Anyone listen to PM on Marcus Lush radio show this morning, he simply dismissed this by saying that if NZers don't want to do this job for minimum wage we'd just have to look at bringing in the likes of Philipinos who'd be quite happy to do it for that or less. And he wonders why his shine is wearing off
28/05/2012 6:59:03 p.m.
Rest Home caregivers are unlikely to get an increse in pay despite the findings of the McGregor report. However you guarantee the politicians will get a pay rise this year, as they did last year and the year before that.
28/05/2012 3:18:52 p.m.
Many of us caregivers are now encouraged to do courses up to level 3 or 4 to improve our work practices and enhance the institutes quality of care. We were told that once we completed each level we would qualify for a pay rise. That was a great incentive. Now I get $14.30 per hour instead of just $14.00. It cost me $15.00 in petrol to the workshop and back home each time. That was about ten trips. We were never offered a training allowance. My sister does the same work in Australia, receives $24.00 per hour and was paid a training allowance of $200.00. No wonder people are leaving the country in droves.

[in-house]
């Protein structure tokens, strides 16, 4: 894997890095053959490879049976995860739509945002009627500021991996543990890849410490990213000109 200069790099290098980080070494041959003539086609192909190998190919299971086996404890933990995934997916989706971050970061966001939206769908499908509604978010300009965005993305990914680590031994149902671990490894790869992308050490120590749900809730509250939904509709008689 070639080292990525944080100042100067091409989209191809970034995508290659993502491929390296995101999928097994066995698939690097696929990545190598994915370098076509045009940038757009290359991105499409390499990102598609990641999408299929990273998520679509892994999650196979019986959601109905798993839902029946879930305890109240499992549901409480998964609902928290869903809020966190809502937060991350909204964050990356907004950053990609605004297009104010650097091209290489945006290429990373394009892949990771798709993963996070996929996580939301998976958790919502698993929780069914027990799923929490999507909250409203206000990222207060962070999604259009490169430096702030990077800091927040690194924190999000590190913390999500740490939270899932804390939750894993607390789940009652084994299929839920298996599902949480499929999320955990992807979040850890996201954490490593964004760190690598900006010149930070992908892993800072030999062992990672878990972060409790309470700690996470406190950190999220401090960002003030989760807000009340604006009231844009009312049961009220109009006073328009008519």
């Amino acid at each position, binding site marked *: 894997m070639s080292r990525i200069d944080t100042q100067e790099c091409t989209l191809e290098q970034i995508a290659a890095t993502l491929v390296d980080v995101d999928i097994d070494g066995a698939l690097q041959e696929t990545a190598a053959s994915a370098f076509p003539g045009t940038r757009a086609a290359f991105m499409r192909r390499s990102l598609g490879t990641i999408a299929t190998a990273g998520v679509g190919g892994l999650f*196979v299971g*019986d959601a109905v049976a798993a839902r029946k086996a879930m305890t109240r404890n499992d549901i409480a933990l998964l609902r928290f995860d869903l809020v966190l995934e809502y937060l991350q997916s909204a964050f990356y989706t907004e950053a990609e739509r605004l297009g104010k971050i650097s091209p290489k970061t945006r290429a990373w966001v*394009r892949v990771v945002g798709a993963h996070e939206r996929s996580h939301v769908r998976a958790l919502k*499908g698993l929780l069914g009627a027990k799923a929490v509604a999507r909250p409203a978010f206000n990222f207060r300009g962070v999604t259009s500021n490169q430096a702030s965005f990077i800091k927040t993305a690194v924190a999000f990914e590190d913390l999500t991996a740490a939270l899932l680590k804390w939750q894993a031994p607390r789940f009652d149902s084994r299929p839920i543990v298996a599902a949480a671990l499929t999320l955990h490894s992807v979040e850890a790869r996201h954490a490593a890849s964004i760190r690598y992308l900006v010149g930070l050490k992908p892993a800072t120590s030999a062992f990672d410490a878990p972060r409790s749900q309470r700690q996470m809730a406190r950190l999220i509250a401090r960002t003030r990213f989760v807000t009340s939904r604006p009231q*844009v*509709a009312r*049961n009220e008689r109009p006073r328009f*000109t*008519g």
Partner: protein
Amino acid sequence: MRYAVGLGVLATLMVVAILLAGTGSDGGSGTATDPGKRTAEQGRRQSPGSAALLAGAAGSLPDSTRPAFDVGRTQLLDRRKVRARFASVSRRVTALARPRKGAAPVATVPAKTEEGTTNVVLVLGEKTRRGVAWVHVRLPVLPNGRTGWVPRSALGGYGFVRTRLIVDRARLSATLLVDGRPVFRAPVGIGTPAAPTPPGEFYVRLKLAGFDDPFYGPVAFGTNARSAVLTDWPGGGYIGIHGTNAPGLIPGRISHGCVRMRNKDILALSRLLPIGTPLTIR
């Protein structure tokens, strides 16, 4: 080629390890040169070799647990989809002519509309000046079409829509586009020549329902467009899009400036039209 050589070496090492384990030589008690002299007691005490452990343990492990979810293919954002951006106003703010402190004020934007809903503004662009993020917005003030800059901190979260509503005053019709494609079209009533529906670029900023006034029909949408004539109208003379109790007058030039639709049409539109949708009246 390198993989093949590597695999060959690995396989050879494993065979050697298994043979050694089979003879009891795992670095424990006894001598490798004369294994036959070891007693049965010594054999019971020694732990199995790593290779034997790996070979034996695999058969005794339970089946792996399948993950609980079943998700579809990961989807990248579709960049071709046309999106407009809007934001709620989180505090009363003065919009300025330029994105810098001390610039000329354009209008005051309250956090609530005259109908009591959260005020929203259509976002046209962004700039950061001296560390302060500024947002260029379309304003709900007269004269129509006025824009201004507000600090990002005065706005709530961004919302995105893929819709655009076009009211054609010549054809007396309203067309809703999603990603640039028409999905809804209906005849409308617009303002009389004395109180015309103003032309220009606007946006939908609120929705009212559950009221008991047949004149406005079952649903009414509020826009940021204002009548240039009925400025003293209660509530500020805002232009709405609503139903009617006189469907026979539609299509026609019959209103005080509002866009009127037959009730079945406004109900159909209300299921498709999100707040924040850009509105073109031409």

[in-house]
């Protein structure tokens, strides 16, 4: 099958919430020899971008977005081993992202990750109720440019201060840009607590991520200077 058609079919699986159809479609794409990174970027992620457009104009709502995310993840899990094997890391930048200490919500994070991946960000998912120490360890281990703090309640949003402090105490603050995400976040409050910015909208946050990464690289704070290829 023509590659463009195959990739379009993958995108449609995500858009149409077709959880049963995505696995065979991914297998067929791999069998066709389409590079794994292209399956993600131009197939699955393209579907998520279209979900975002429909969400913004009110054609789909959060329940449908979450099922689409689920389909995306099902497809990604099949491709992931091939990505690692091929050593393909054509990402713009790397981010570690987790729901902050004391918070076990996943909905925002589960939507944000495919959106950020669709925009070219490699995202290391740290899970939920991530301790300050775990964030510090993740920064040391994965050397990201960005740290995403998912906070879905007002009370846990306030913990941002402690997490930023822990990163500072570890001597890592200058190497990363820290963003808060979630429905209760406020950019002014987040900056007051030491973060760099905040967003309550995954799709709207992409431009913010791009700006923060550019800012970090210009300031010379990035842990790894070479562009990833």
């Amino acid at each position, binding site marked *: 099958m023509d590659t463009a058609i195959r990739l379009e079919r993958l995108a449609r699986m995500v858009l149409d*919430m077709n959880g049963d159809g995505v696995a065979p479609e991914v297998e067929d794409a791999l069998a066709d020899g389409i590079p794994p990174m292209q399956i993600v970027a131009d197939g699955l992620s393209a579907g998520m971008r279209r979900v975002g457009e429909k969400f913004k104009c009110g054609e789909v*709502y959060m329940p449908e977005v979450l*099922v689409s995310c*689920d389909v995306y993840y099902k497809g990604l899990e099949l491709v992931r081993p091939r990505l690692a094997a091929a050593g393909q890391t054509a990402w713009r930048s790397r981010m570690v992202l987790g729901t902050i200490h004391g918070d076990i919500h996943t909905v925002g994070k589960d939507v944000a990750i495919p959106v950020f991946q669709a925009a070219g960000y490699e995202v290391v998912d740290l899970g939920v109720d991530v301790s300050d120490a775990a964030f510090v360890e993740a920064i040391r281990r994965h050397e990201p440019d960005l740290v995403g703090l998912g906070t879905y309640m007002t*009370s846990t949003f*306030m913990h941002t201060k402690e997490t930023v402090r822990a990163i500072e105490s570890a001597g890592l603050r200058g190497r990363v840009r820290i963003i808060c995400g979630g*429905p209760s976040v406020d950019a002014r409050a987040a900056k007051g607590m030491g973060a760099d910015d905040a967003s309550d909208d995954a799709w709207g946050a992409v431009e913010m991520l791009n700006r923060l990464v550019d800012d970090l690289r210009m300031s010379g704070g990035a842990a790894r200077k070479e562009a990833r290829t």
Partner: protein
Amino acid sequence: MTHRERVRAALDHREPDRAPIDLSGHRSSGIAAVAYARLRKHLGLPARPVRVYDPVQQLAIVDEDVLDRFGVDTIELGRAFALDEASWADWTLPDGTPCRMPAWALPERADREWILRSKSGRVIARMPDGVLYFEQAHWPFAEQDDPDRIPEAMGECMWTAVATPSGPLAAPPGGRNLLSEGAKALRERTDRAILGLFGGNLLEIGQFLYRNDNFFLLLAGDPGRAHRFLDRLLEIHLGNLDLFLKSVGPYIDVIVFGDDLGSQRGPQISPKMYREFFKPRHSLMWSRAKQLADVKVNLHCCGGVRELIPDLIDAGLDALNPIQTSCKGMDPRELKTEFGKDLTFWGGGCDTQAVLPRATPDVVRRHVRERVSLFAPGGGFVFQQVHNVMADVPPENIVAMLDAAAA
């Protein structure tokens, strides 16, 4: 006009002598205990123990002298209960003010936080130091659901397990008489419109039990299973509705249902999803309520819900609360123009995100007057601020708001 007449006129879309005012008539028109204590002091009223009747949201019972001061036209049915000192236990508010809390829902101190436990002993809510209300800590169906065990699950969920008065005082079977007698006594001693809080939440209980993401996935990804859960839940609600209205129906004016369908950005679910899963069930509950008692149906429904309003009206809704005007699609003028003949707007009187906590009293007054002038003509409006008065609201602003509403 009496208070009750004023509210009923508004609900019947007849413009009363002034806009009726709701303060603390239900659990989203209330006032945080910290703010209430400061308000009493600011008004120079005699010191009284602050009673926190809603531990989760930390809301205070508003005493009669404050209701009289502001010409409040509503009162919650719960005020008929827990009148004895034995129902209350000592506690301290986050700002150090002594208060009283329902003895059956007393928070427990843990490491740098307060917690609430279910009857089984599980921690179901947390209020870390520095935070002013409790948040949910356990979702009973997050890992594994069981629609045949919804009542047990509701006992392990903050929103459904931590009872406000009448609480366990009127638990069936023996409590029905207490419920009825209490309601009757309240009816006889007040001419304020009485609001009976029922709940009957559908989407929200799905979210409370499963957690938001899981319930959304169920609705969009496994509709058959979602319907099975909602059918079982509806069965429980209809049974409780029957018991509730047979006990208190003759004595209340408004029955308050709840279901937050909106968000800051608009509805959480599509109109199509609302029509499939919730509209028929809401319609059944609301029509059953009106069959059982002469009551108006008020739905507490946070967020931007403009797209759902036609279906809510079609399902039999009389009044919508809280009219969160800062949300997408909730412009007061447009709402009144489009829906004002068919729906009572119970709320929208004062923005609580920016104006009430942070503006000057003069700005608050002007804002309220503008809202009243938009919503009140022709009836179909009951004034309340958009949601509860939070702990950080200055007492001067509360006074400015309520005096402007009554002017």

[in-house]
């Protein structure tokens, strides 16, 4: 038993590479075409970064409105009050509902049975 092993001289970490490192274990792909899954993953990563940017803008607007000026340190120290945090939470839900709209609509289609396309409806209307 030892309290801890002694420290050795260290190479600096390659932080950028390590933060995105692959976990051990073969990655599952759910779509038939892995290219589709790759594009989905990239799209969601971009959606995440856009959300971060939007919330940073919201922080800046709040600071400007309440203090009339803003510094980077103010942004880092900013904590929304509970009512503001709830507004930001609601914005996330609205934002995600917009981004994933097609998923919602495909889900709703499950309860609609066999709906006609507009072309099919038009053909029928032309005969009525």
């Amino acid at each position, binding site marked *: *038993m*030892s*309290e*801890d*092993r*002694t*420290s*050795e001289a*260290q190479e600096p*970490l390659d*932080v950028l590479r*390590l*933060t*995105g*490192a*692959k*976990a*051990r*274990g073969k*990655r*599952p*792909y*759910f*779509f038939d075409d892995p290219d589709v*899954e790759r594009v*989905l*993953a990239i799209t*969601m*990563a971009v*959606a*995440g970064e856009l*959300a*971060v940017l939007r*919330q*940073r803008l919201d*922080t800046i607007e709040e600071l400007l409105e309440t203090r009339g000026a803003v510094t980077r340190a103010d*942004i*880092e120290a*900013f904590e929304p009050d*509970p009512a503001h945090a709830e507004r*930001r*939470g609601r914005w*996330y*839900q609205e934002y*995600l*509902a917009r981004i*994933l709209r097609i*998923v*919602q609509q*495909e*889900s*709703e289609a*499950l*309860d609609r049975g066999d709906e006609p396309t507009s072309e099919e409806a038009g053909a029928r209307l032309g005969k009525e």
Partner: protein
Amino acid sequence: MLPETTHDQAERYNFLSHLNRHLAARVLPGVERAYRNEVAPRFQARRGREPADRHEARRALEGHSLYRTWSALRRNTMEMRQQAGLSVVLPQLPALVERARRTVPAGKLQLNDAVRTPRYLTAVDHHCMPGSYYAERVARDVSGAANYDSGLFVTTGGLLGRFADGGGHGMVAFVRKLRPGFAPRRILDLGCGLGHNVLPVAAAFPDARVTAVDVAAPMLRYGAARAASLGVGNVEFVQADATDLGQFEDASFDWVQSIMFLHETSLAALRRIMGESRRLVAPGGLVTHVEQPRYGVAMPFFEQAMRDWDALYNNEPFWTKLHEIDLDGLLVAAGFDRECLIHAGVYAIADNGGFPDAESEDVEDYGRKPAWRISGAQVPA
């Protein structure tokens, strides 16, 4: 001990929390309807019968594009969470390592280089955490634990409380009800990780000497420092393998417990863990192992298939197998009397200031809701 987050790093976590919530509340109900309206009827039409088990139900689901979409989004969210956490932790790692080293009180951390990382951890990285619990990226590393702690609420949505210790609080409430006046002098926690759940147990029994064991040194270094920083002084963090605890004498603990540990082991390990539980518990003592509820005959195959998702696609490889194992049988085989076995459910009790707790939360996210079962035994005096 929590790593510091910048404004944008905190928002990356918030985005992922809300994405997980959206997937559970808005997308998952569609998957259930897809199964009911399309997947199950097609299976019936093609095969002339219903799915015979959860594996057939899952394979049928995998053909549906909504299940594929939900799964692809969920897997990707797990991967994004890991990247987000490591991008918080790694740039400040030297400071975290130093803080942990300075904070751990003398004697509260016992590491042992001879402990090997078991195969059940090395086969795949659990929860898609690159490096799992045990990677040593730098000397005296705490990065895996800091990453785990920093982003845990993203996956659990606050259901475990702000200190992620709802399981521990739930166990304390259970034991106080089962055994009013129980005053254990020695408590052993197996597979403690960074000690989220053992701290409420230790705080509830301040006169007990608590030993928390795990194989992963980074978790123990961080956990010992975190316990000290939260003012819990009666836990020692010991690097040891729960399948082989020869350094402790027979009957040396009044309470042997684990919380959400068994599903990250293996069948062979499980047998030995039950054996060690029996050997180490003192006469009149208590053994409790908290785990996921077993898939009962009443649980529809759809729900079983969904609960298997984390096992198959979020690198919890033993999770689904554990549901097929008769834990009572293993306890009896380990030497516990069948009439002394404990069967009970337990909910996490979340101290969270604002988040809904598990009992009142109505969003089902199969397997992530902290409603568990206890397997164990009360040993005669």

27/05/2012 10:24:01 p.m.
The Carers do all the hard graft, and if quality care is expected then a pay rise is needed - basically you get what you pay for - even the high end so called rest homes do not provide a top quality service for their clients, as they still pay minimum wage and the food is basic. The Hospital Board pay a provider for continuing care of a patient from the hospital with a higher hourly rate for the patient, but the carer gets a fraction of the pay which a hospital Carer gets, with the minimum wage - there are one or two agenices which pay higher rates only. You only have to spend a little time in a rest home to see how much work it takes to look after the high needs elderly and special needs etc and its a fact many elderly are not getting the quality care they require or deserve because of poor wages.
27/05/2012 3:48:39 p.m.
Brian Winston Alderton wrote: